Utah Givernor, Black History Month,

Social Media Rips Utah Governor For Celebrating Black History Month After Banning DEI Initiatives 

This is called "nerve"...

Utah’s Republican governor, Spencer Cox, is receiving backlash for banning diversity, equity, and inclusion (DEI) incentives and celebrating Black History Month—in the same week—the Salt Lake Tribune reports. 

On Jan. 30, Cox signed HB261 into law, requiring public schools to remove all references to diversity posted in offices and open programming to everyone. For example, a Black cultural center, found in numerous K-12 grade schools and colleges, will now be forced to serve white students. It’s a huge step backward since Cox signed the Utah Compact on Racial Equity, Diversity, and Inclusion, which promises to “foster cultures of inclusion in every aspect of our organizations and society while addressing social injustice and inequality, and condemning all forms of prejudice, bigotry, and discrimination.”

Just two days later, Cox tweeted in celebration of BHM: “February is #BlackHistoryMonth, and we honor the resilience, courage, and contributions African Americans have made to our state and nation,” Cox wrote. “We celebrate Black communities and remain committed to improving access to opportunity.”

That didn’t go over well on social media. “Seriously, how did you have the nerve to write this?” @1Eyed_ShihTzu wrote. 

Another one called the governor out on his antics. “Crazy how you’re saying this days after signing a bill that will actively hurt Black students in Utah all we can count on you for is saying nice things while doing nothing to support the little statements you make, if not do the opposite,” @pnwkww wrote.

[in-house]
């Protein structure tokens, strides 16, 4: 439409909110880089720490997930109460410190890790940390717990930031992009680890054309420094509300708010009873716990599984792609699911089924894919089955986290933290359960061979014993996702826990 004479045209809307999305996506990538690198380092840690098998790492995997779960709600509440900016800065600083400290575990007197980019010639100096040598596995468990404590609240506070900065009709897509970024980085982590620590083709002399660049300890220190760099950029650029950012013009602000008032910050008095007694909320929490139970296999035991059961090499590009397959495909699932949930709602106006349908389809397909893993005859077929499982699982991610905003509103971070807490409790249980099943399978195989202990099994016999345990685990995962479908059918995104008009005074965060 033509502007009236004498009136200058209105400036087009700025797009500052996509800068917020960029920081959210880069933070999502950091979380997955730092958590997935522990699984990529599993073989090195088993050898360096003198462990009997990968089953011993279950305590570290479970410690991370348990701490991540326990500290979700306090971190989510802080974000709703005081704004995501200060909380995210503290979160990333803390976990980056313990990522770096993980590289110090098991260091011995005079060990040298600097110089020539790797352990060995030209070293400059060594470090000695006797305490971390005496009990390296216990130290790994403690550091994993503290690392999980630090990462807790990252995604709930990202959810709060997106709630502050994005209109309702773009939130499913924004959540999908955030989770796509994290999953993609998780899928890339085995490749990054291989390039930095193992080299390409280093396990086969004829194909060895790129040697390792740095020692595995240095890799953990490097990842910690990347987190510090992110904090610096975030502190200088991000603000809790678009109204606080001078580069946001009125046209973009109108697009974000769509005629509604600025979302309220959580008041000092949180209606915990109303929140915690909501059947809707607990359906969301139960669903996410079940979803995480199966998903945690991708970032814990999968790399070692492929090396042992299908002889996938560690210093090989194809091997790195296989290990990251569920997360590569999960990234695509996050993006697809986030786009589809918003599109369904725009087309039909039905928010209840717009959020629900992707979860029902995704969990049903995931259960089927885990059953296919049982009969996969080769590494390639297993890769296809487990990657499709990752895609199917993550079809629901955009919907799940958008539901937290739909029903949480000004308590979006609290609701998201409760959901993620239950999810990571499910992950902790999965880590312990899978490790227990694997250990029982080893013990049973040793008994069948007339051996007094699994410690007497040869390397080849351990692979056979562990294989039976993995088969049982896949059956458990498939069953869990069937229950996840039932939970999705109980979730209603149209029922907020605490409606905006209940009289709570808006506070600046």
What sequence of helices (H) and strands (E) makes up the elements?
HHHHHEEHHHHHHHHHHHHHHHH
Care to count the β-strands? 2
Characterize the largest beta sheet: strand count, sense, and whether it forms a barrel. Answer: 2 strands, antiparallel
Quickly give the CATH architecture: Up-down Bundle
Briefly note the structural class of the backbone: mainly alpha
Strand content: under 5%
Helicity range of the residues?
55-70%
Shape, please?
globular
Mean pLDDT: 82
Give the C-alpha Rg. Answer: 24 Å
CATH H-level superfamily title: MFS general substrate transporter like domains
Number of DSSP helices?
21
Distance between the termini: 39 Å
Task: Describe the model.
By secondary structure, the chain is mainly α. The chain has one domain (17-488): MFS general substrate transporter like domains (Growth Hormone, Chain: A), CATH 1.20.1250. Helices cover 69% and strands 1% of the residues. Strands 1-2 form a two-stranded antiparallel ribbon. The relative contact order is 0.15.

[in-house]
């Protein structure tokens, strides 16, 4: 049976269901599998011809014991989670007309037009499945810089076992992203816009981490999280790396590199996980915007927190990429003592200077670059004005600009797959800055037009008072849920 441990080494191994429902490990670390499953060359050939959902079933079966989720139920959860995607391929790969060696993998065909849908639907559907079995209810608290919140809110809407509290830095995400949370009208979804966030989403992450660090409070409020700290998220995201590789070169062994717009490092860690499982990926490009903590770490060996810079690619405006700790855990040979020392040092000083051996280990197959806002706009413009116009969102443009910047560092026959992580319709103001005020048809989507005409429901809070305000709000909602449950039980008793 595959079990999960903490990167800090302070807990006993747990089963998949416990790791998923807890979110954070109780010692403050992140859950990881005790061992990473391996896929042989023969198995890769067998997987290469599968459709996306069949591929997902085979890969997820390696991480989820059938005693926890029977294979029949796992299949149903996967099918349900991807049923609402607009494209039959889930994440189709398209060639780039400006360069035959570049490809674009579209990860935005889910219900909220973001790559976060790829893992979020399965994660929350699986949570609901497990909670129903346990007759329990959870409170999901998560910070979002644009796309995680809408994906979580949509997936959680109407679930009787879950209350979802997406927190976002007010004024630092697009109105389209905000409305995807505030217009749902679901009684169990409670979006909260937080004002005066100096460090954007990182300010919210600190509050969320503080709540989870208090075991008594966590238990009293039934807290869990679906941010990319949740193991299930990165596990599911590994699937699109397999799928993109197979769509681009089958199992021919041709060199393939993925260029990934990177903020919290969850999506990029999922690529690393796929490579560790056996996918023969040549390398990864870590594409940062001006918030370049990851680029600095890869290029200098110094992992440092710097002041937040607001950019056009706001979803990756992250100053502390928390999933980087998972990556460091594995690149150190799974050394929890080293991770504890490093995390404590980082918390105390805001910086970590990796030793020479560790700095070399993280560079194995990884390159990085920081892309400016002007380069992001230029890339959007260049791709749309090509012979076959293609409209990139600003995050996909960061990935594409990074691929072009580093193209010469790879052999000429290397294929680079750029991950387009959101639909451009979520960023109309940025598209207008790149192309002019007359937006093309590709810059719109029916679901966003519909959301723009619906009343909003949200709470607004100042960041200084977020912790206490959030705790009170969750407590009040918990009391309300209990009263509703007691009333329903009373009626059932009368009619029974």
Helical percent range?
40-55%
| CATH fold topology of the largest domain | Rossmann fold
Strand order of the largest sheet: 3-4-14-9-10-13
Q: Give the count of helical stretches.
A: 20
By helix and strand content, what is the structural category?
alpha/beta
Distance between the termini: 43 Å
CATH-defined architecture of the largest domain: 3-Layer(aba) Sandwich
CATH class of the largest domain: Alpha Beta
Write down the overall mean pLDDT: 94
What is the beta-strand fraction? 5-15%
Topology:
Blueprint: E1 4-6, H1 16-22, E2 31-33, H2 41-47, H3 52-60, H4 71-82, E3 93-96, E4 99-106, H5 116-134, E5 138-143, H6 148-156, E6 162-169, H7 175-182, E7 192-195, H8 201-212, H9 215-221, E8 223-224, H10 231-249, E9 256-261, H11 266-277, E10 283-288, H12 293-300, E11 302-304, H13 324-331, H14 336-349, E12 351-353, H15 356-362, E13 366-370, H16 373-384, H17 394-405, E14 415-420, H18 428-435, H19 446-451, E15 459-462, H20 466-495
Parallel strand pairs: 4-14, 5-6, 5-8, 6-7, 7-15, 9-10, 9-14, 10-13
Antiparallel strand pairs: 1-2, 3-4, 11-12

Even state elected officials stood in solidarity with opposing tweeters. “Once again, actions speak louder than words,” state Sen. Nate Blouin said. 

Cox has openly been opposed to having employees support DEI, calling it “awful, bordering on evil.” “We’ve been concerned about some DEI programs and policies, particularly with hiring practices, and this bill offers a balanced solution,” Cox said, according to NPR. But he tends to go back and forth on his viewpoints.

In 2022, he stood tall with trans athletes by vetoing a ban on transgender students playing in girls sports. But later he supported a bill that put regulations on how race and religion were discussed in public school classrooms. The bill banned teaching students that anyone can be racist solely because of their race.